Don’t practice because you’re competitive. Practice because being able to do shit in the air is AMAZINGLY AWESOME.

      • fish99 says:


    • trjp says:

      Sadly, the longest I have to queue is about 20 seconds so not much training in that time ;0

      Do use the tuts tho – they are useful – you should try them at least!

      Otherwise, that post simply proves my post above, people now think they’re good and will moan if you’re not.

      No multiplayer pick-up game will ever be free of people who have no idea of fun and demand everyone support THEM but I suspect this one has very little skill ceiling (wheras some other games are simply about learning what everything does, this game requires you DO IT and DO IT WELL)

      • wondermoth says:

        There’s got to be a skill ceiling somewhere. I haven’t seen it yet.

        The biggest matchmaking problem are the split ratings for the three ranked playlists. I played a ton of 3v3, got up to 900 rating, then went to play 2v2s, which I had abandoned when I hit 500, and I was basically playing a different game to everybody else. I felt like Competitive Dad beating a group of 9 year olds. I didn’t like it. However, if you stick to one playlist, I find that the mismatches are pretty rare. Sometimes I’ll end up in a game where everybody’s playing in the air, and I have to choose between a) my 30% chance of hitting an aerial/70% chance of looking like an idiot, or b) staying in goal for the entire match, but generally things seem well balanced.

        • trjp says:

          The skill ceiling is pretty high – the control options you have are superb but mastering them will take time.

          One of the things I find hardest is camera switching – Ballcam makes on-the-ball play too-hard (as your perspective is changing too fast) but you need it in other situations and – only so many fingers!!!

          Combining all the skills in aerial/boost/jump/ground play with the ability to read your opponents (and teammates if they’re randoms) whilst keeping a good tactical head and knowing the adage “just because you can hit the ball doesn’t mean you SHOULD hit the ball” is the way – it’s a long trip tho

          Sooner or later, the community will be a horrible place to be – all MP games get there – but there’s still a bit of fun to be had – until the proper season starts perhaps?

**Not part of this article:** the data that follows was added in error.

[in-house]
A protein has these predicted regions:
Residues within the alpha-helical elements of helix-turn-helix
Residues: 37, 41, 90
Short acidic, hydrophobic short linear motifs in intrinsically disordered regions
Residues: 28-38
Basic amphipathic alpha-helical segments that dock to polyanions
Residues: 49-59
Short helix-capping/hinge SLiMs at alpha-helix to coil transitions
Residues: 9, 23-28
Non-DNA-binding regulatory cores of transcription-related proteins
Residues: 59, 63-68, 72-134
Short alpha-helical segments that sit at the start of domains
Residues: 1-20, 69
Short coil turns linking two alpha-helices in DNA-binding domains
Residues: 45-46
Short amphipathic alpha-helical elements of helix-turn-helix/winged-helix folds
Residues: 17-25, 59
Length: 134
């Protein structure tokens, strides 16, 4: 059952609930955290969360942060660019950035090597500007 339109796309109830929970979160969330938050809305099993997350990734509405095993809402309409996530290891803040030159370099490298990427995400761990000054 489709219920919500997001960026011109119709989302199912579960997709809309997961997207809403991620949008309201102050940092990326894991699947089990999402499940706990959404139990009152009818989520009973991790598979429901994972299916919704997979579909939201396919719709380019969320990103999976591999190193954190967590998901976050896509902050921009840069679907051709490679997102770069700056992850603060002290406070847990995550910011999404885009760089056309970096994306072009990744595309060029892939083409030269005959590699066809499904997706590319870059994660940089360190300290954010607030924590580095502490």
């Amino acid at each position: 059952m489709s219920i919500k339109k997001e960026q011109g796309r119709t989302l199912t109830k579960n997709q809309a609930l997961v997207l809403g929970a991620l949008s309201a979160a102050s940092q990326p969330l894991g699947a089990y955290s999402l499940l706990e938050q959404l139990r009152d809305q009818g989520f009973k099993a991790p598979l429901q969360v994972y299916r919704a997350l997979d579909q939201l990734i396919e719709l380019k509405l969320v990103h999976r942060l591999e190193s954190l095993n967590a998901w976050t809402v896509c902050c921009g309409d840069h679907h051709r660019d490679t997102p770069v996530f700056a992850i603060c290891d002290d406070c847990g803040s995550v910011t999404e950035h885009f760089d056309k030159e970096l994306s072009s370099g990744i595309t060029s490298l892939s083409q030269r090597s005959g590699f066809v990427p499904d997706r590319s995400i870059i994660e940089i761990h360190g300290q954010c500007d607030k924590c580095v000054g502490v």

• TillEulenspiegel says:

      Oh yeah, good point about ice hockey. I was watching people play this, and it was pretty obvious that you had to anticipate where the ball was going after the next likely hit. Skate where the puck is going to be, etc etc.

    • drewski says:

      I think the football reference is a matter of comprehensiblity rather than necessary specifically trying to find the most close analogy.

      For many people, especially in the UK and southern Europe, I suspect “ice hockey with cars” is about as comprehensible as “sports sports with cars”.

      I agree that football isn’t necessarily a close comparison, but it at least creates an impression which isn’t completely dissimilar from the game.

  14. Beefenstein says:

    This game is so good even WWE superstars play it: link to

  15. caff says:

    Articles and recommendations like this are why I <3 RPS. Whereas a traditional PC magazine would have opted for a "safe" 85% review, you've basically spent time learning to love this and pick it apart for what makes it great.

    I totally agree with the comments. Graham's opener that this is possibly the greatest multiplayer game in years rang totally true with me. It's the first game in years that I've jiggled my legs playing and shouted at my monitor with a rollercoaster of feelings of joy & despair.

    And Alec's comments about no downtime are spot on too – you are never bored, even when you're losing 5-0 there is the temptation to try a little trick shot and feel like a god.

    The last multiplayer game that evoked such emotion in me was UT2004, but this surpasses that for just being more instantly playable and great.

    • Xzi says:

      I so miss UT2004. I hope the new Unreal Tournament becomes basically that with newer graphics.

  16. deborah302 says:


  17. deborah302 says:

    I make up to $90 an hour working from my home. My story is that I quit working at Walmart to work online and with a little effort I easily bring in around $40h to $86h… Someone was good to me by sharing this link with me, so now i am hoping i could help someone else out there by sharing this link… Try it, you won’t regret it!……

  18. lostinvention says:

    Loving this game so far. It’s a blast.

    Also, gifs are so 90s. look into gifv/webm/etc. implementation!

  19. Rainbowdeity says:

    So… RPS Rocket League World Cup anyone?